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GNU Emacs Lisp Reference Manual

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1.3.2 nil and t

In Lisp, the symbol nil has three separate meanings: it is a symbol with the name `nil'; it is the logical truth value false; and it is the empty list--the list of zero elements. When used as a variable, nil always has the value nil.

As far as the Lisp reader is concerned, `()' and `nil' are identical: they stand for the same object, the symbol nil. The different ways of writing the symbol are intended entirely for human readers. After the Lisp reader has read either `()' or `nil', there is no way to determine which representation was actually written by the programmer.

In this manual, we use () when we wish to emphasize that it means the empty list, and we use nil when we wish to emphasize that it means the truth value false. That is a good convention to use in Lisp programs also.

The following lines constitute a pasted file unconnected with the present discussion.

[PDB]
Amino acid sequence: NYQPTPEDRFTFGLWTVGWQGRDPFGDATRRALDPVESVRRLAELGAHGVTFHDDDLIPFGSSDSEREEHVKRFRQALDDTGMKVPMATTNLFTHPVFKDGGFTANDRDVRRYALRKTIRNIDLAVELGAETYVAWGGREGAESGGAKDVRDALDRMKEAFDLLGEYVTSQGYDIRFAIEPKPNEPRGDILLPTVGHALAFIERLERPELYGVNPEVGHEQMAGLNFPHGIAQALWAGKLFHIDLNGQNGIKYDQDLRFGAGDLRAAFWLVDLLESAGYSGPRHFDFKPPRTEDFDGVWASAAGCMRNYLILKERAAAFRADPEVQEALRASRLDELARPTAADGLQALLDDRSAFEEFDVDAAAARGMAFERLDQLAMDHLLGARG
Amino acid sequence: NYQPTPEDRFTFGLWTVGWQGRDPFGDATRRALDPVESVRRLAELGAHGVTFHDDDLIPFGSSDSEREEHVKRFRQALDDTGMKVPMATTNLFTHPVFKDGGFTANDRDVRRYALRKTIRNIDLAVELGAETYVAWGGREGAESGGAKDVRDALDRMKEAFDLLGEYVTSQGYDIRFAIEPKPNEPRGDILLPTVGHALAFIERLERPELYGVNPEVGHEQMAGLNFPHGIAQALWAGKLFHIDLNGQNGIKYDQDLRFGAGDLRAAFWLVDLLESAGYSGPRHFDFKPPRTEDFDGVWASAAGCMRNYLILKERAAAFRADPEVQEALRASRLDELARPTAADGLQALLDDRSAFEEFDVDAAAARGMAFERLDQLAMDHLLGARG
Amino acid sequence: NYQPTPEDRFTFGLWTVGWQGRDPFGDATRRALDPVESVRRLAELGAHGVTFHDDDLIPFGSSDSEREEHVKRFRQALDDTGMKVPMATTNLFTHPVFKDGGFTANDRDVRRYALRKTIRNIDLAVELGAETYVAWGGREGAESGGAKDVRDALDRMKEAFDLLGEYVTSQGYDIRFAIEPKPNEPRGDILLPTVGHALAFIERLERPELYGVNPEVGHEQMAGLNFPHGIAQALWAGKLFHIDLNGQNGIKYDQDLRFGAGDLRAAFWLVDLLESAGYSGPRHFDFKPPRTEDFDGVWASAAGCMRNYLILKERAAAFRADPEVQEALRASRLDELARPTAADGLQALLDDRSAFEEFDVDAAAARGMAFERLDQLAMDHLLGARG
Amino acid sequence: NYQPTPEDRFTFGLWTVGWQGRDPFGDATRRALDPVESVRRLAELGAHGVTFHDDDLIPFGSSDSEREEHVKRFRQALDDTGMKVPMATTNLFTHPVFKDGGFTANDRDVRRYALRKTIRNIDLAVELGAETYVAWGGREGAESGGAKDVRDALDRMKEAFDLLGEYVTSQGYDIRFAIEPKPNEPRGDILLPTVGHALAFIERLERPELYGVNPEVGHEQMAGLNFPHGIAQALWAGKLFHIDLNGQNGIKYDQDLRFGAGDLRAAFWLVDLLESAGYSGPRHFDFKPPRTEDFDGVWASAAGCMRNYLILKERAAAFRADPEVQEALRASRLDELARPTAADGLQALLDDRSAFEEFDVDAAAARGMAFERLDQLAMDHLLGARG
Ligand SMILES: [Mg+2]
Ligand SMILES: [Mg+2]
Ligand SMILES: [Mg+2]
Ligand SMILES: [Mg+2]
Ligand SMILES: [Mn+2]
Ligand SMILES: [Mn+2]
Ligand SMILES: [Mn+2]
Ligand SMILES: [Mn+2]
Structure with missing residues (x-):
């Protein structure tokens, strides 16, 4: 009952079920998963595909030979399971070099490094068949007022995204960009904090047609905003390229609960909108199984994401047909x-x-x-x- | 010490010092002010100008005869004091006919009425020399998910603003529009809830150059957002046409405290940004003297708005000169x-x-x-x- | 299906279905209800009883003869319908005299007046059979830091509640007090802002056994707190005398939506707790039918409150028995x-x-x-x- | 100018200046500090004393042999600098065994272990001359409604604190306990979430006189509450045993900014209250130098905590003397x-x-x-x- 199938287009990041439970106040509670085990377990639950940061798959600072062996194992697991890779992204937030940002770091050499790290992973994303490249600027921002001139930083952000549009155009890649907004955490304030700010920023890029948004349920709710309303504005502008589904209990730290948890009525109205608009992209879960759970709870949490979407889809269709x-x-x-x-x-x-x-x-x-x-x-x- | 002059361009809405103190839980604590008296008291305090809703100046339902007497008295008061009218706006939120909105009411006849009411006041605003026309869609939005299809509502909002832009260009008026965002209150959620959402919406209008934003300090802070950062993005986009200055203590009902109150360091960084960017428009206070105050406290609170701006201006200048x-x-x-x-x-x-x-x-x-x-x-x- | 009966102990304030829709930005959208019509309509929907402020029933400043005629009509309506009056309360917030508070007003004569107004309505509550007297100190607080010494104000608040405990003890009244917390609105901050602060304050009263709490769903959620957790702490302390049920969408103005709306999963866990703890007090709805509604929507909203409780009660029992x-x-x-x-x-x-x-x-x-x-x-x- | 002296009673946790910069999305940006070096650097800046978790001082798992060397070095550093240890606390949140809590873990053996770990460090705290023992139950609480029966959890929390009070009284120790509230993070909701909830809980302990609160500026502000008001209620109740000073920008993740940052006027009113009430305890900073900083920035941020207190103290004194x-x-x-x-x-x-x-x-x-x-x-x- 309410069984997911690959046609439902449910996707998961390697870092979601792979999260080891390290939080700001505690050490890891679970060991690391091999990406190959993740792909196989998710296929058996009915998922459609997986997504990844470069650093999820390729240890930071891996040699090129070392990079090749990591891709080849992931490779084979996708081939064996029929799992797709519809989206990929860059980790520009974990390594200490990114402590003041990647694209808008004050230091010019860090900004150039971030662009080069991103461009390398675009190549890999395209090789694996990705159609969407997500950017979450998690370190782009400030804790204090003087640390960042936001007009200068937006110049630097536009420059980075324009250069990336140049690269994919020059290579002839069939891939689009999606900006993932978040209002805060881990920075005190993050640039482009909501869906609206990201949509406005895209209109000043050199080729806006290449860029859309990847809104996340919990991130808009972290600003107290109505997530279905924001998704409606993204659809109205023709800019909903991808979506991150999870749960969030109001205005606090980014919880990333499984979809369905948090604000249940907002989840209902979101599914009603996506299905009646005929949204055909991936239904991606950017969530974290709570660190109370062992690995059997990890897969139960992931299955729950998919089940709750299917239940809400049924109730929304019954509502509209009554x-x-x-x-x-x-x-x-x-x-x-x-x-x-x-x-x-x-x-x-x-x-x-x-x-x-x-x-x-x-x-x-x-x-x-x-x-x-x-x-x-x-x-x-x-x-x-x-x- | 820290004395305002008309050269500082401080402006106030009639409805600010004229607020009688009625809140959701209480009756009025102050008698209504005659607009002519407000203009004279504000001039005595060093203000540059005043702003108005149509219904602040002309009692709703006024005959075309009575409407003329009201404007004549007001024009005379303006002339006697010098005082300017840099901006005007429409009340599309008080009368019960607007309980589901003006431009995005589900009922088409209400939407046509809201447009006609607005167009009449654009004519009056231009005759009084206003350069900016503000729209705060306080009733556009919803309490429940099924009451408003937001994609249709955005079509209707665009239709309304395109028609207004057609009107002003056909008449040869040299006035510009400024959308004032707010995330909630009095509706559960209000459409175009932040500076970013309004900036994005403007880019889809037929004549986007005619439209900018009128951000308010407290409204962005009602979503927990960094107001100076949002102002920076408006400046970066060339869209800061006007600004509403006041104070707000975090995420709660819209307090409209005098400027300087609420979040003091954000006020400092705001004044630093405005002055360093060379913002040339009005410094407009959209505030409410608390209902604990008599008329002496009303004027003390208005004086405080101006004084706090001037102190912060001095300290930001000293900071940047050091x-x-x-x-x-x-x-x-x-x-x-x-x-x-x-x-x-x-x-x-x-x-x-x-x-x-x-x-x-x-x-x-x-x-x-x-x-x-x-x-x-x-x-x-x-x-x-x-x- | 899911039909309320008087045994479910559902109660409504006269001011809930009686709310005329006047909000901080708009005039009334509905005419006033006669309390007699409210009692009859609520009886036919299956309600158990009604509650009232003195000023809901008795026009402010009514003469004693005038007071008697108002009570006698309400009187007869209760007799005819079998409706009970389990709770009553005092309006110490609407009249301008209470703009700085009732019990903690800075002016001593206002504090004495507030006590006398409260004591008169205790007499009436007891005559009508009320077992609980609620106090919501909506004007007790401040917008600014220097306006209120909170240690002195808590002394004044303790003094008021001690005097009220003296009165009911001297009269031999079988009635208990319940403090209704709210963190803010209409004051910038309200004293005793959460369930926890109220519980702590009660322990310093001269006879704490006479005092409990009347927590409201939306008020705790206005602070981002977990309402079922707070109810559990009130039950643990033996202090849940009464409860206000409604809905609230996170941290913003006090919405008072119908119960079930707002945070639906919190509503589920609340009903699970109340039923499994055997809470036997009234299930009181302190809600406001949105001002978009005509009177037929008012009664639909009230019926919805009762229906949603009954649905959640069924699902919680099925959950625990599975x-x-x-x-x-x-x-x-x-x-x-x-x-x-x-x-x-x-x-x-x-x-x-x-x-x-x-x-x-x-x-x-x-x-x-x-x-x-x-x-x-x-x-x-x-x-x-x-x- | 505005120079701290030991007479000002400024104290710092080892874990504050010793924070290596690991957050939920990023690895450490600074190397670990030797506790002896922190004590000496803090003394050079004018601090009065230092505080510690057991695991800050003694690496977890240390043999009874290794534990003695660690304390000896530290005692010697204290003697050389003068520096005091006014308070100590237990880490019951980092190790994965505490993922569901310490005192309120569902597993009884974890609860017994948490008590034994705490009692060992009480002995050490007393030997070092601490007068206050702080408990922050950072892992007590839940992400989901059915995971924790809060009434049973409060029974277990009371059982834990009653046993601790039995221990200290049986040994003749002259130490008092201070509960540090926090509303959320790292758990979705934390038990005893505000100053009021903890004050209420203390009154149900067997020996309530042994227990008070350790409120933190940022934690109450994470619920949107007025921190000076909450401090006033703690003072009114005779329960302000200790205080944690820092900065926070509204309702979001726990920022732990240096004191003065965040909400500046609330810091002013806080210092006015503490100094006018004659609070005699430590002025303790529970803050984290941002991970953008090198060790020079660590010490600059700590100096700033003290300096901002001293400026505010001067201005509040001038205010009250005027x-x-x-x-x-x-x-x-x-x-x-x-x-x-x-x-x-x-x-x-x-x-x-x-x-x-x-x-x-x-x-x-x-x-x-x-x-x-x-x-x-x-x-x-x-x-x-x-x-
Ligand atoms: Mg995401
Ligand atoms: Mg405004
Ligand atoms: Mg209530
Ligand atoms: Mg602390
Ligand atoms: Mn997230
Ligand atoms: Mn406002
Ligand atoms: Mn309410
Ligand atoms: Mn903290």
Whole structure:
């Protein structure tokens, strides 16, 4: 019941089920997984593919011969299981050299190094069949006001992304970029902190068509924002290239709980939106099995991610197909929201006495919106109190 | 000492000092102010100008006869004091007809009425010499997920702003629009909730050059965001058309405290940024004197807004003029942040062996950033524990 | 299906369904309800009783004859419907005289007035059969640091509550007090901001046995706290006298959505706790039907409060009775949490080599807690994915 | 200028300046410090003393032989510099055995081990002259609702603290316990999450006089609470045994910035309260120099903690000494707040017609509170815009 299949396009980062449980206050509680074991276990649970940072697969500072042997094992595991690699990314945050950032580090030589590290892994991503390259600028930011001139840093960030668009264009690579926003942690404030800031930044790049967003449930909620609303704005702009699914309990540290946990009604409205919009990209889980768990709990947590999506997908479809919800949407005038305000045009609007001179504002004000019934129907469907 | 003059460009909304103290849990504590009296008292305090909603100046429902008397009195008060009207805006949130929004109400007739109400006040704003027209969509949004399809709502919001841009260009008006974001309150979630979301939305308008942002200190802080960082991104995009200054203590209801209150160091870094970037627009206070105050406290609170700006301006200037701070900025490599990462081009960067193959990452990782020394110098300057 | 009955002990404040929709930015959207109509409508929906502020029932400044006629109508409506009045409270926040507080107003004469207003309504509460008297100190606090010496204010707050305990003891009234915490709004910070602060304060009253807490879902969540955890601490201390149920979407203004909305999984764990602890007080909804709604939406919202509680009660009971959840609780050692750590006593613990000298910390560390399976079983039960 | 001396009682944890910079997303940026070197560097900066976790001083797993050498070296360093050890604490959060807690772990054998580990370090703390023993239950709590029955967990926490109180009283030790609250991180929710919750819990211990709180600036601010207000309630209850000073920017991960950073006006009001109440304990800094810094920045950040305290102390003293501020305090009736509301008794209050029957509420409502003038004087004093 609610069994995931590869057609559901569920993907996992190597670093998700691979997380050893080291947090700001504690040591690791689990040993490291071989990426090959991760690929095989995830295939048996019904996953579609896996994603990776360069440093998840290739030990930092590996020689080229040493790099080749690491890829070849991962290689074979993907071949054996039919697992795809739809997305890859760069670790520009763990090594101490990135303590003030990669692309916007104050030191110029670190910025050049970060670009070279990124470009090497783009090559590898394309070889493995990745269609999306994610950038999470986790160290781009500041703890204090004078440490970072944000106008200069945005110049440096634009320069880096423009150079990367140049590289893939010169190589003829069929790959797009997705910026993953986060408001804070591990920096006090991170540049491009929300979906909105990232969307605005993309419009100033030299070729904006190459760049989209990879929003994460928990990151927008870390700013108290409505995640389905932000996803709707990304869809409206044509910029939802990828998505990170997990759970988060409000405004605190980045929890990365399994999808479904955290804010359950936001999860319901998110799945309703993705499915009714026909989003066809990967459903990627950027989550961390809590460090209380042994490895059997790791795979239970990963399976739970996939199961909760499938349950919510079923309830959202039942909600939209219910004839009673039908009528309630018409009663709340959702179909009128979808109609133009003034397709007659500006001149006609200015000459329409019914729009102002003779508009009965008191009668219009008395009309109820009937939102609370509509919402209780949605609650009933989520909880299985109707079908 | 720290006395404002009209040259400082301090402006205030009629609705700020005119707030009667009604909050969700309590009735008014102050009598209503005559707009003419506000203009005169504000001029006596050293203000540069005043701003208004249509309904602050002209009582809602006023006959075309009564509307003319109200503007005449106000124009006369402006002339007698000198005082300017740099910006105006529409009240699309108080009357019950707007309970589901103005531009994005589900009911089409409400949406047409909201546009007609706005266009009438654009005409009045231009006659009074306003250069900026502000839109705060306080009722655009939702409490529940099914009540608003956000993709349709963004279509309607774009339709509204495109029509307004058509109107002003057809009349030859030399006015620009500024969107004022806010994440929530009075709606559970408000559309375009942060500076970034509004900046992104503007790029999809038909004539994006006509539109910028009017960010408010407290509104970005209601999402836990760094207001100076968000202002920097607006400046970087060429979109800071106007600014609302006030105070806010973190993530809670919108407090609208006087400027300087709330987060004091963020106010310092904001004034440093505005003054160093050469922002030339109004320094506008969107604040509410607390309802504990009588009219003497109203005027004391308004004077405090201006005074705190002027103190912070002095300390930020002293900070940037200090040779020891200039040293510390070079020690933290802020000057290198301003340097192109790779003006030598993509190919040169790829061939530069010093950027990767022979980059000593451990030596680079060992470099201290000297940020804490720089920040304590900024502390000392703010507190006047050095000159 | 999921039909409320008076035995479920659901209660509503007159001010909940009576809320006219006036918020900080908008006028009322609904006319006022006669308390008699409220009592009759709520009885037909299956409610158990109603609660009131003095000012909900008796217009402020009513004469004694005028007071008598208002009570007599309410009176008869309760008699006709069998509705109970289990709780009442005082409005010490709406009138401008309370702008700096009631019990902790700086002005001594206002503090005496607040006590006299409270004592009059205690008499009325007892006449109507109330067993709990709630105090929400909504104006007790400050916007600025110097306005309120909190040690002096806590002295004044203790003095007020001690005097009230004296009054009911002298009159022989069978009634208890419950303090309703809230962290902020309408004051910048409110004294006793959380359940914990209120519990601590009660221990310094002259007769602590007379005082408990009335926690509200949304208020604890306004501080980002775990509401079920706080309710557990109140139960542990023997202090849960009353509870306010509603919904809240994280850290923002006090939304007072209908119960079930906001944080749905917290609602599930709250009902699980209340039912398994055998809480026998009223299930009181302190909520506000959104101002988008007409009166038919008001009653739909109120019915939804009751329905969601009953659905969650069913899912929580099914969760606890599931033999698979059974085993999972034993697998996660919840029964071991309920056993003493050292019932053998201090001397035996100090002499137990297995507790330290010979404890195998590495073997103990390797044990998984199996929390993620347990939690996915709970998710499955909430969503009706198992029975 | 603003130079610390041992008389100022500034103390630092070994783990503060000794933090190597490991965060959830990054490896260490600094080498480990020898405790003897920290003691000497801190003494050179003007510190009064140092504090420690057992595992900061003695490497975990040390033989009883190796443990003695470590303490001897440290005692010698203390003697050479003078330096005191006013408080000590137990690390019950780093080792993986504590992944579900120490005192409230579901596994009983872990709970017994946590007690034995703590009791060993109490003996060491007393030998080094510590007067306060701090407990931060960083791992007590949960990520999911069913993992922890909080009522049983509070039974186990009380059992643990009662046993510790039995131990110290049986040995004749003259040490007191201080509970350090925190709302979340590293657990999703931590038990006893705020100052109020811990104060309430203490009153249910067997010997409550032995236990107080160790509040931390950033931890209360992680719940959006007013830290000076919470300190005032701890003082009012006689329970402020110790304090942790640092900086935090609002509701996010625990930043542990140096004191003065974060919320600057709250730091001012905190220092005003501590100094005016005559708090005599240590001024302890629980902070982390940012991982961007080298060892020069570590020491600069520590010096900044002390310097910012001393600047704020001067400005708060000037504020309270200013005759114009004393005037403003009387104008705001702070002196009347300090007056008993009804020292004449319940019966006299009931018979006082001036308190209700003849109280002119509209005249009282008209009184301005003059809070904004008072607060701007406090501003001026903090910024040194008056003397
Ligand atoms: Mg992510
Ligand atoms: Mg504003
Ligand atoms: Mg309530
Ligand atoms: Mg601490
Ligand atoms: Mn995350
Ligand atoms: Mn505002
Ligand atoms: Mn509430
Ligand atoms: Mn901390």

(cons 'foo ())                ; Emphasize the empty list
(not nil)                     ; Emphasize the truth value false

In contexts where a truth value is expected, any non-nil value is considered to be true. However, t is the preferred way to represent the truth value true. When you need to choose a value which represents true, and there is no other basis for choosing, use t. The symbol t always has the value t.

In Emacs Lisp, nil and t are special symbols that always evaluate to themselves. This is so that you do not need to quote them to use them as constants in a program. An attempt to change their values results in a setting-constant error. The same is true of any symbol whose name starts with a colon (`:'). See section 11.2 Variables that Never Change.


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